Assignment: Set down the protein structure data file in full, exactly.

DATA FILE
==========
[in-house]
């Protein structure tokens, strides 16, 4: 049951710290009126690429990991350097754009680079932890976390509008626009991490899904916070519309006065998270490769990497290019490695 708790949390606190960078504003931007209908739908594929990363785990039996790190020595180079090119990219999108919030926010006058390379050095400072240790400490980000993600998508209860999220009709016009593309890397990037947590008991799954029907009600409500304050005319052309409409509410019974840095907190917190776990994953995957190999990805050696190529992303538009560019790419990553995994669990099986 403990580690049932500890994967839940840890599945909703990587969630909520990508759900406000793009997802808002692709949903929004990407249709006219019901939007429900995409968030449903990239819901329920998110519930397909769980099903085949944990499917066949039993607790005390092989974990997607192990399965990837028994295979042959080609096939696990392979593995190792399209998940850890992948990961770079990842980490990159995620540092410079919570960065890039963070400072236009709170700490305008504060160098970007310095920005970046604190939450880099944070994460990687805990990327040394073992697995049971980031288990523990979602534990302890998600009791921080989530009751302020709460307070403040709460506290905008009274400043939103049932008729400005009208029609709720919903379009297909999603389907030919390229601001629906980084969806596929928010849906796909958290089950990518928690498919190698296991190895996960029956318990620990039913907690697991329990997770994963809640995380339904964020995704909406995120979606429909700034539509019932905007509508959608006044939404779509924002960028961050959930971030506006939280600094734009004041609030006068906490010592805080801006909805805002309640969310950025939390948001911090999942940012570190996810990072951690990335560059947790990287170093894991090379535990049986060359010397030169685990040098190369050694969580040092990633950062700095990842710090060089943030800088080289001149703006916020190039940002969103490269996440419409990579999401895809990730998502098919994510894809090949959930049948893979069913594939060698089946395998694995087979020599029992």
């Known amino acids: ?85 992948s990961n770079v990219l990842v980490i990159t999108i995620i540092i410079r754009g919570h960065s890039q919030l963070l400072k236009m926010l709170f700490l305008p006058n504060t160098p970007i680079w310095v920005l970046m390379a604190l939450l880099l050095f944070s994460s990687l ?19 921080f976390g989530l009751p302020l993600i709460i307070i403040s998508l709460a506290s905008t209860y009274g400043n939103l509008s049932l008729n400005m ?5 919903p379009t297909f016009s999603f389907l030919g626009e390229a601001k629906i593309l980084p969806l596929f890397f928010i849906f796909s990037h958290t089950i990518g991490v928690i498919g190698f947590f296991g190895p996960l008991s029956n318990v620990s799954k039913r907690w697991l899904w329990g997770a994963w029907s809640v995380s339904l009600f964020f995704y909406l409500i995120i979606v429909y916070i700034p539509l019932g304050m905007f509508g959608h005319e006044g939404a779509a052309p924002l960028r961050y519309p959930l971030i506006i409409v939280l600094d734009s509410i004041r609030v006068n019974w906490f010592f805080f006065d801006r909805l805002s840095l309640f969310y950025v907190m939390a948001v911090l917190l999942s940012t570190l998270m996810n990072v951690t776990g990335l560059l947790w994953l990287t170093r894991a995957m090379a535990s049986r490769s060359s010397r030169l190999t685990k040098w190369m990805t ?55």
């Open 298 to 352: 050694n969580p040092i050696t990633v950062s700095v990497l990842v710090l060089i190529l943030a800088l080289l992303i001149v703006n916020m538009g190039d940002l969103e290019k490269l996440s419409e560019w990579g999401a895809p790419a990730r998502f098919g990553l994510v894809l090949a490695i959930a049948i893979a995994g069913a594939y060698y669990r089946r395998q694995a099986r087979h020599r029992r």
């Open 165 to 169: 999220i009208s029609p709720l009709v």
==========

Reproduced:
[in-house]
């Protein structure tokens, strides 16, 4: 049951710290009126690429990991350097754009680079932890976390509008626009991490899904916070519309006065998270490769990497290019490695 708790949390606190960078504003931007209908739908594929990363785990039996790190020595180079090119990219999108919030926010006058390379050095400072240790400490980000993600998508209860999220009709016009593309890397990037947590008991799954029907009600409500304050005319052309409409509410019974840095907190917190776990994953995957190999990805050696190529992303538009560019790419990553995994669990099986 403990580690049932500890994967839940840890599945909703990587969630909520990508759900406000793009997802808002692709949903929004990407249709006219019901939007429900995409968030449903990239819901329920998110519930397909769980099903085949944990499917066949039993607790005390092989974990997607192990399965990837028994295979042959080609096939696990392979593995190792399209998940850890992948990961770079990842980490990159995620540092410079919570960065890039963070400072236009709170700490305008504060160098970007310095920005970046604190939450880099944070994460990687805990990327040394073992697995049971980031288990523990979602534990302890998600009791921080989530009751302020709460307070403040709460506290905008009274400043939103049932008729400005009208029609709720919903379009297909999603389907030919390229601001629906980084969806596929928010849906796909958290089950990518928690498919190698296991190895996960029956318990620990039913907690697991329990997770994963809640995380339904964020995704909406995120979606429909700034539509019932905007509508959608006044939404779509924002960028961050959930971030506006939280600094734009004041609030006068906490010592805080801006909805805002309640969310950025939390948001911090999942940012570190996810990072951690990335560059947790990287170093894991090379535990049986060359010397030169685990040098190369050694969580040092990633950062700095990842710090060089943030800088080289001149703006916020190039940002969103490269996440419409990579999401895809990730998502098919994510894809090949959930049948893979069913594939060698089946395998694995087979020599029992």
């Known amino acids: ?85 992948s990961n770079v990219l990842v980490i990159t999108i995620i540092i410079r754009g919570h960065s890039q919030l963070l400072k236009m926010l709170f700490l305008p006058n504060t160098p970007i680079w310095v920005l970046m390379a604190l939450l880099l050095f944070s994460s990687l ?19 921080f976390g989530l009751p302020l993600i709460i307070i403040s998508l709460a506290s905008t209860y009274g400043n939103l509008s049932l008729n400005m ?5 919903p379009t297909f016009s999603f389907l030919g626009e390229a601001k629906i593309l980084p969806l596929f890397f928010i849906f796909s990037h958290t089950i990518g991490v928690i498919g190698f947590f296991g190895p996960l008991s029956n318990v620990s799954k039913r907690w697991l899904w329990g997770a994963w029907s809640v995380s339904l009600f964020f995704y909406l409500i995120i979606v429909y916070i700034p539509l019932g304050m905007f509508g959608h005319e006044g939404a779509a052309p924002l960028r961050y519309p959930l971030i506006i409409v939280l600094d734009s509410i004041r609030v006068n019974w906490f010592f805080f006065d801006r909805l805002s840095l309640f969310y950025v907190m939390a948001v911090l917190l999942s940012t570190l998270m996810n990072v951690t776990g990335l560059l947790w994953l990287t170093r894991a995957m090379a535990s049986r490769s060359s010397r030169l190999t685990k040098w190369m990805t ?55």
């Open 298 to 352: 050694n969580p040092i050696t990633v950062s700095v990497l990842v710090l060089i190529l943030a800088l080289l992303i001149v703006n916020m538009g190039d940002l969103e290019k490269l996440s419409e560019w990579g999401a895809p790419a990730r998502f098919g990553l994510v894809l090949a490695i959930a049948i893979a995994g069913a594939y060698y669990r089946r395998q694995a099986r087979h020599r029992r």
């Open 165 to 169: 999220i009208s029609p709720l009709v």